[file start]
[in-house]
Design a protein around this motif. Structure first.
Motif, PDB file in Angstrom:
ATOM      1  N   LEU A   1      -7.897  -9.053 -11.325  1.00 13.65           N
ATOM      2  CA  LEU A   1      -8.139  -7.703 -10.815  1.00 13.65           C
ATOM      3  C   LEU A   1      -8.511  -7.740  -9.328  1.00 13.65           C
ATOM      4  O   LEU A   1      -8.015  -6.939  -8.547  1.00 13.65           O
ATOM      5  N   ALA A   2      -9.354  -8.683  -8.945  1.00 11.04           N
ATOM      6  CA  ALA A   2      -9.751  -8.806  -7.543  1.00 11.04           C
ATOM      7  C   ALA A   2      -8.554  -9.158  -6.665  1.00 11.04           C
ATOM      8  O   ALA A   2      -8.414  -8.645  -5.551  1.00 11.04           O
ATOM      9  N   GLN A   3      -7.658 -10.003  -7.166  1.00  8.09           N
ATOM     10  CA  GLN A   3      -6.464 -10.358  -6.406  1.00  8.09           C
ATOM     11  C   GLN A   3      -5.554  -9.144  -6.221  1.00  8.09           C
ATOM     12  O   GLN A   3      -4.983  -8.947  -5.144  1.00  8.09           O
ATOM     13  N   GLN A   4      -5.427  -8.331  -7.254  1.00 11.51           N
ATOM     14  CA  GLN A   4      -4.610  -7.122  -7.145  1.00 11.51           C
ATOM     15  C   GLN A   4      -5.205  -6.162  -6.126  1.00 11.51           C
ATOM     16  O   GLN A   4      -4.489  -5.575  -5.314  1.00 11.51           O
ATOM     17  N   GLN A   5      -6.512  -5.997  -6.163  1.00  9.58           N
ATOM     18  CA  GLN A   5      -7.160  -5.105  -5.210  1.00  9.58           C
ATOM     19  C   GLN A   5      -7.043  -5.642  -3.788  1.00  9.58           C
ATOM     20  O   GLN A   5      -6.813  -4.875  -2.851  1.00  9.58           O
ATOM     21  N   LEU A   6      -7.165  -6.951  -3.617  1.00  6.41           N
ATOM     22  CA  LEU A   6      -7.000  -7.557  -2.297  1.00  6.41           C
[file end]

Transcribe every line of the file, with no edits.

[in-house]
Design a protein around this motif. Structure first.
Motif, PDB file in Angstrom:
ATOM      1  N   LEU A   1      -7.897  -9.053 -11.325  1.00 13.65           N
ATOM      2  CA  LEU A   1      -8.139  -7.703 -10.815  1.00 13.65           C
ATOM      3  C   LEU A   1      -8.511  -7.740  -9.328  1.00 13.65           C
ATOM      4  O   LEU A   1      -8.015  -6.939  -8.547  1.00 13.65           O
ATOM      5  N   ALA A   2      -9.354  -8.683  -8.945  1.00 11.04           N
ATOM      6  CA  ALA A   2      -9.751  -8.806  -7.543  1.00 11.04           C
ATOM      7  C   ALA A   2      -8.554  -9.158  -6.665  1.00 11.04           C
ATOM      8  O   ALA A   2      -8.414  -8.645  -5.551  1.00 11.04           O
ATOM      9  N   GLN A   3      -7.658 -10.003  -7.166  1.00  8.09           N
ATOM     10  CA  GLN A   3      -6.464 -10.358  -6.406  1.00  8.09           C
ATOM     11  C   GLN A   3      -5.554  -9.144  -6.221  1.00  8.09           C
ATOM     12  O   GLN A   3      -4.983  -8.947  -5.144  1.00  8.09           O
ATOM     13  N   GLN A   4      -5.427  -8.331  -7.254  1.00 11.51           N
ATOM     14  CA  GLN A   4      -4.610  -7.122  -7.145  1.00 11.51           C
ATOM     15  C   GLN A   4      -5.205  -6.162  -6.126  1.00 11.51           C
ATOM     16  O   GLN A   4      -4.489  -5.575  -5.314  1.00 11.51           O
ATOM     17  N   GLN A   5      -6.512  -5.997  -6.163  1.00  9.58           N
ATOM     18  CA  GLN A   5      -7.160  -5.105  -5.210  1.00  9.58           C
ATOM     19  C   GLN A   5      -7.043  -5.642  -3.788  1.00  9.58           C
ATOM     20  O   GLN A   5      -6.813  -4.875  -2.851  1.00  9.58           O
ATOM     21  N   LEU A   6      -7.165  -6.951  -3.617  1.00  6.41           N
ATOM     22  CA  LEU A   6      -7.000  -7.557  -2.297  1.00  6.41           C